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Does Bleaching Your Hair Damage It?

Vicky Davis

Reviewed by Vicky Davis, FNP

Written by Our Editorial Team

Published 10/26/2022

Updated 10/26/2021

Thinking about bleaching your hair? If so, there are a few things you should know. 

Most importantly, yes, it does damage your hair. But that doesn’t mean you can’t do it. You just need to know how to add nourishment back into your strands. 

That’s what we’re digging into today. What, exactly, does bleach do to damage your hair? Once the damage is done, how can it be repaired? What tips and tricks do the pros recommend? 

How Bleach Damages Your Hair

If you’re thinking of bleaching your hair, chances are your goal is to lighten it — and bleach is a very effective way of doing that. Bleach is a fast way to remove pigment from your hair. 

When applied to your hair, bleach opens the hair shaft and breaks down pigment molecules. When you wash the bleach out, those pigments go with it and leave you with lighter hair. 

At the same time, it weakens the hair by breaking down the fatty acids on the shaft. This can leave hair feeling dry and brittle.

One study done on rats found that after bleaching their hair, it was weakened. It is, of course, worth noting that because this study was conducted on rats, it may not be exactly true for humans. 

However, we think it’s safe to assume the results would probably be at least similar in humans. 

Another study used a microscope to look at the hair shaft after bleaching and found there was damage to the structure of the hair. 

If you do decide to bleach your hair, it’s important to know ways you can add moisture and shine back into your strands — since those are the things bleach can take away. 

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How to Treat Bleached Hair

Since bleach strips important nutrients and proteins out of your hair, you’ll want to incorporate some habits into your routine that support hair health. 

Use the Right Shampoo and Conditioner

If you have bleached strands, the types of products you use matter. Consider using a shampoo and conditioner formulated to thicken hair. 

Her’s thickening shampoo is made with a natural ingredient called saw palmetto. Research suggests it can potentially reduce hair loss. 

One study, for instance, compared the hair loss medication finasteride with saw palmetto. Finasteride was found to be most effective in reducing hair loss, but saw palmetto was also effective. 

Oh, and don’t skip the conditioner! The whole point of a conditioner is to replace moisture. They can also increase shine and volume.

There are a variety of conditioners to choose from — from ones intended for daily use, to leave-in treatments and deep conditioning masks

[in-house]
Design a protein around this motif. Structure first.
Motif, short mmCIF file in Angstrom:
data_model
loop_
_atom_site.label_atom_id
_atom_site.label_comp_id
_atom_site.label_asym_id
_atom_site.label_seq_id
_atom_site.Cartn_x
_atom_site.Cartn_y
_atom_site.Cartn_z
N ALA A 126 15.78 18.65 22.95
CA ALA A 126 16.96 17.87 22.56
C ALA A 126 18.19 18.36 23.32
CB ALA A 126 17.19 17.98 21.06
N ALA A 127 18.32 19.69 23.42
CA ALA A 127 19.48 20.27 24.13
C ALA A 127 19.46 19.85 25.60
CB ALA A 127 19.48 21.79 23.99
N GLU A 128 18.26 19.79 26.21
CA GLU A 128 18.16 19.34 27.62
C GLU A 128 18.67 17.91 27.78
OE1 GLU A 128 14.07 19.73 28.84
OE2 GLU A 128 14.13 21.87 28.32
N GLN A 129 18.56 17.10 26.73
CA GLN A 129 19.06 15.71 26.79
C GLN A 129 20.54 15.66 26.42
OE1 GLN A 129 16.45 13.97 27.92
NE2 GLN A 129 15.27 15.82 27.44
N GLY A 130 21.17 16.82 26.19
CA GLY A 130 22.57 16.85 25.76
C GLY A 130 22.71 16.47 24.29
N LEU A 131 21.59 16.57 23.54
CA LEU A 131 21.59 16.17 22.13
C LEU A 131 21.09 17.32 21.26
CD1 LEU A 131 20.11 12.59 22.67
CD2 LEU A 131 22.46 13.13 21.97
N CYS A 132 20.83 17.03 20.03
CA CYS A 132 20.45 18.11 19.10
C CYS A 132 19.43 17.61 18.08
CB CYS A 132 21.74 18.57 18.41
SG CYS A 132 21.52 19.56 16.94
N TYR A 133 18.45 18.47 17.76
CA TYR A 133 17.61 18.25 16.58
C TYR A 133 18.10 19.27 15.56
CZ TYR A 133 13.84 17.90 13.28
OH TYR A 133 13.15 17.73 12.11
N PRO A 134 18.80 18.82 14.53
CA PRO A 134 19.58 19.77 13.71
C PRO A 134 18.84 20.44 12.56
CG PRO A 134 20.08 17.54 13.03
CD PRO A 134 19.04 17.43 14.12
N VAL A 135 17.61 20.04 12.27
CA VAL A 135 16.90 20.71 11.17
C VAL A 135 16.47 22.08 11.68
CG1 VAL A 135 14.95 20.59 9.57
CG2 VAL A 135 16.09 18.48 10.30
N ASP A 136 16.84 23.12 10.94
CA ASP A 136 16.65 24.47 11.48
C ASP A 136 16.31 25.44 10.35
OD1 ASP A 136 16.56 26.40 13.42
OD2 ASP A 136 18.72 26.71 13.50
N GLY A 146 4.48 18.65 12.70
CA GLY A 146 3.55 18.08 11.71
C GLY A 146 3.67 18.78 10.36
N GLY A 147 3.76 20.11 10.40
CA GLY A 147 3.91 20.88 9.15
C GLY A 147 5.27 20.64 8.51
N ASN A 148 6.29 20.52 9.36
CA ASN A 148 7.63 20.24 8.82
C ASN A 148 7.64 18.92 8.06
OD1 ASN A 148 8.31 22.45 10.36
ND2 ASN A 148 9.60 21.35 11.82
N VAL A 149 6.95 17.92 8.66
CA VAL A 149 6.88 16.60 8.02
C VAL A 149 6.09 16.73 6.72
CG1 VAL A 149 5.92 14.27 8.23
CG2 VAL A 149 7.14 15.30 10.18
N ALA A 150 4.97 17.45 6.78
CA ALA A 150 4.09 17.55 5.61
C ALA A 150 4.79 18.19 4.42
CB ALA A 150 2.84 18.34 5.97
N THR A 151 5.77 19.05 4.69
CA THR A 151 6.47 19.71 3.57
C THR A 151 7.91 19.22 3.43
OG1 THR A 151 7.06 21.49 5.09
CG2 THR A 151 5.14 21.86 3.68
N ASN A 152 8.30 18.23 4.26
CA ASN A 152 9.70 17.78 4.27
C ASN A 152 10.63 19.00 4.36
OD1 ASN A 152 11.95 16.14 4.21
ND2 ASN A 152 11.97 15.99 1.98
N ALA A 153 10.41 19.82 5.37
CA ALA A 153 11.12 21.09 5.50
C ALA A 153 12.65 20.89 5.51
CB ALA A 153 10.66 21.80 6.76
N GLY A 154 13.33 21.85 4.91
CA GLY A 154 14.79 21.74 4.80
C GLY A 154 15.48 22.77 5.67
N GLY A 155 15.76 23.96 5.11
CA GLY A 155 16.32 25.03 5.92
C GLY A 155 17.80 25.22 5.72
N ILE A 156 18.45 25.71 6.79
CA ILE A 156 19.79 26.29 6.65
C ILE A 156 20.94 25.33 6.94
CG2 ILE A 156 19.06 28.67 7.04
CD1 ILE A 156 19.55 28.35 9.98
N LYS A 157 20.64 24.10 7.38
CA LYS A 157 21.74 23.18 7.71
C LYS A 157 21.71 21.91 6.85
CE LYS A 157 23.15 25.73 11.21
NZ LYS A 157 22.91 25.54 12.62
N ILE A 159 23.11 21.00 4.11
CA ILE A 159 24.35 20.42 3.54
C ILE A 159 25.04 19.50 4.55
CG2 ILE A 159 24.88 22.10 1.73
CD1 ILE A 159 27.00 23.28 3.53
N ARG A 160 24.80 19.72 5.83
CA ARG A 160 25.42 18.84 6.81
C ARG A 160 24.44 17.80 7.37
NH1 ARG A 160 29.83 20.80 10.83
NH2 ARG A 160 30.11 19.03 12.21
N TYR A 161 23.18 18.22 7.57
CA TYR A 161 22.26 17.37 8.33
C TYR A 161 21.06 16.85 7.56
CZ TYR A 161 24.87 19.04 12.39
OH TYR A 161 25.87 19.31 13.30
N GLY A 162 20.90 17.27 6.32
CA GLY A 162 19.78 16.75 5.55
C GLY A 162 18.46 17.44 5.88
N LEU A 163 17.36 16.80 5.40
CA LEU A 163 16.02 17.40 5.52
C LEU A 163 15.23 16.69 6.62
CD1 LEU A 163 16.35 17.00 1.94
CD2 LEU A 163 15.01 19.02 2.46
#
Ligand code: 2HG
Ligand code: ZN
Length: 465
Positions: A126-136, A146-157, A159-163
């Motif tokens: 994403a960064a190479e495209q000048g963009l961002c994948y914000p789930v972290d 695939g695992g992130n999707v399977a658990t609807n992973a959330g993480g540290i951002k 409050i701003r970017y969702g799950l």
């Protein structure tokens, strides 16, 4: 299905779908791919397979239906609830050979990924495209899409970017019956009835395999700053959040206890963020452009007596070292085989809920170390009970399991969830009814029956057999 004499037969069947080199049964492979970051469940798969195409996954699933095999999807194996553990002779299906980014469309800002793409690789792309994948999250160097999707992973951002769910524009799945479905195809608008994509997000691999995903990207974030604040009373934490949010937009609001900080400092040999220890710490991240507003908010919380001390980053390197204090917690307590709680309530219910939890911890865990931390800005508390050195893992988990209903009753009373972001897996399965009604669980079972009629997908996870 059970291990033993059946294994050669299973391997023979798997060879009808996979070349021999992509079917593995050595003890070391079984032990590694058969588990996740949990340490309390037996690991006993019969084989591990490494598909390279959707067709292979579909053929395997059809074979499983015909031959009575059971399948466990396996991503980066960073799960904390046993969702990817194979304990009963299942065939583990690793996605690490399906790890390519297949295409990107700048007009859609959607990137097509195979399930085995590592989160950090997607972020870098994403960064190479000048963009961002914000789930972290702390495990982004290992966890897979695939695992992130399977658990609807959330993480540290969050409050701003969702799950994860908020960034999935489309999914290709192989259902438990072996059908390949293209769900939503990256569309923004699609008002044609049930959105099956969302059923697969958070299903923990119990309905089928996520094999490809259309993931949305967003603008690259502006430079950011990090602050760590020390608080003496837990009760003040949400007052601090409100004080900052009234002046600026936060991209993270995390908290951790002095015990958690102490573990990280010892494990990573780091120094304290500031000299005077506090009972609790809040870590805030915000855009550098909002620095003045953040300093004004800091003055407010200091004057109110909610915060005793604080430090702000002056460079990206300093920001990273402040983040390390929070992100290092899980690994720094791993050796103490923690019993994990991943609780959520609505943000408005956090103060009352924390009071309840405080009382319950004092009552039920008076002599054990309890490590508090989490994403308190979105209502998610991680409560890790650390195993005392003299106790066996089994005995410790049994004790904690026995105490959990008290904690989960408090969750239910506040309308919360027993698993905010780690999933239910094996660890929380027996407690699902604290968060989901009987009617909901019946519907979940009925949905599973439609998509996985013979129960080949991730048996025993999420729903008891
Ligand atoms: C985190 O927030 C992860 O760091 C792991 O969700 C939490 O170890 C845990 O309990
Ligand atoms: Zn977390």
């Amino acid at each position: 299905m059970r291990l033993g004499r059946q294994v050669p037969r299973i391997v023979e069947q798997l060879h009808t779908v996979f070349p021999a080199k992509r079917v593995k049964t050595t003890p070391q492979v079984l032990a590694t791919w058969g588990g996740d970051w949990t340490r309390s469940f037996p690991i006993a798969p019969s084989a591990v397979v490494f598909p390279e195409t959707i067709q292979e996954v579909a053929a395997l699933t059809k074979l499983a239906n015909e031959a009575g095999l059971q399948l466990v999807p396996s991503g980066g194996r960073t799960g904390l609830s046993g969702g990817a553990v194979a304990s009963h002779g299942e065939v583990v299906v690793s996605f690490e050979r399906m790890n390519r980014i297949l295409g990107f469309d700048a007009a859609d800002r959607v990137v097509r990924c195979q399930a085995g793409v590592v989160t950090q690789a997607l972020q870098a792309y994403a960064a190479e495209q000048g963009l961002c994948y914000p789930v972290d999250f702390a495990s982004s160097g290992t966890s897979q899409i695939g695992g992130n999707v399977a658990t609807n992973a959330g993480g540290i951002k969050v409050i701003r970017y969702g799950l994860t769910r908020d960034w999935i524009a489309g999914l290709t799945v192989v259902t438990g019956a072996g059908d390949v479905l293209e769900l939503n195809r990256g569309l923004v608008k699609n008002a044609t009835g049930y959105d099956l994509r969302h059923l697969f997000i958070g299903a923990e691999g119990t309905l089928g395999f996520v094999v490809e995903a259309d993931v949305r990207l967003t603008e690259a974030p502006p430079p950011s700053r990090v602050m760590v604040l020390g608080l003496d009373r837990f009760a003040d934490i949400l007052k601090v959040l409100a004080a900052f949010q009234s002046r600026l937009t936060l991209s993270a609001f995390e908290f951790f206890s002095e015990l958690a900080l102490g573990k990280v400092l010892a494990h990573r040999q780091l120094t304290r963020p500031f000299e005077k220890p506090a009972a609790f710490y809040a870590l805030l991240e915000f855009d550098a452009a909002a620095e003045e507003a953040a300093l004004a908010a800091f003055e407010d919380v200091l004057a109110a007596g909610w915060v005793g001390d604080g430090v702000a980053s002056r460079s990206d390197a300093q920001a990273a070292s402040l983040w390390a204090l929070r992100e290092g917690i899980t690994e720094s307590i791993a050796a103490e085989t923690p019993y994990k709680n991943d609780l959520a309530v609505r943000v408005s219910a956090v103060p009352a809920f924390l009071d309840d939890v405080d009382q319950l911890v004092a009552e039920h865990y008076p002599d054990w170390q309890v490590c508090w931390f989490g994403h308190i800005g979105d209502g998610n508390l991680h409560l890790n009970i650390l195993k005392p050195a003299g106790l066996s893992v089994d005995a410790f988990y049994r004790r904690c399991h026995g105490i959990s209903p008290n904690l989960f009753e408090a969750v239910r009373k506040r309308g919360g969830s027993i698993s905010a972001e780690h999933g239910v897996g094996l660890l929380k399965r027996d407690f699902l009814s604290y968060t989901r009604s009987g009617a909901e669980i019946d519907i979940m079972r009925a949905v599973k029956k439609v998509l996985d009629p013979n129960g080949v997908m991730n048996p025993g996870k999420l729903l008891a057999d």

Using one after you shampoo is good for maintenance. Deep conditioners are more concentrated and are intended to be left on your hair for a longer period of time before washing out. 

Interested in a leave-in conditioner? They are meant to be applied to wet hair after a shower to moisturize and detangle hair. 

Focus on Omega-3 Fatty Acids

Remember how we said bleach strips fatty acids from your hair? Making sure you’re getting enough omega-3 fatty acids can help boost hair health.

One study looked at 120 women over the course of six months and found that omega-3 and omega-6 — notable antioxidants — can be useful in improving hair density.

A good way to incorporate these into your routine is through diet. Foods that contain them include:

  • Fish (like salmon, mackerel and tuna) 

  • Nuts and seeds (like chia seeds and walnuts) 

  • Plant seed oil (like flax seed oil) 

If you have a hard time getting enough into your diet, you can consider an omega-3 supplement. 

Embrace Oils

From cooking to beauty benefits, coconut oil is often praised for its many uses. 

When it comes to using it in your hair care regime, it is known to have antibacterial and antifungal properties, both of which can help protect your strands. 

Coconut oil also is full of fatty acids — and you already know those promote healthy hair.

Another benefit: it penetrates deep into the hair shaft, which can help prevent breakage.

Another oil you should know about is argan oil, which is also rich in fatty acids. This type of oil is touted as a worthy adversary against dry hair.

Consider Biotin

Recently, biotin supplements have become all the rage. They’re all over social media, with influencers swearing that they make hair healthier. But do they? 

There’s simply not enough research to support these claims. Beyond that, you probably don’t need a biotin supplement, as you most likely get enough from your diet. 

All of this said, there is early research linking biotin to hair growth.

Try Collagen

Here’s another supplement you’ve likely seen hocked on Instagram. Collagen is a protein that is naturally present in mammals. 

It’s hugely important in skin, hair, muscles, nails and connective tissue. 

It may surprise you to know that it actually makes up 30 percent of your body’s protein mass. 

But, like with biotin, a heck of a lot more research is needed to support whether or not collagen supplements can boost hair health. See more details in our collagen and hair guide.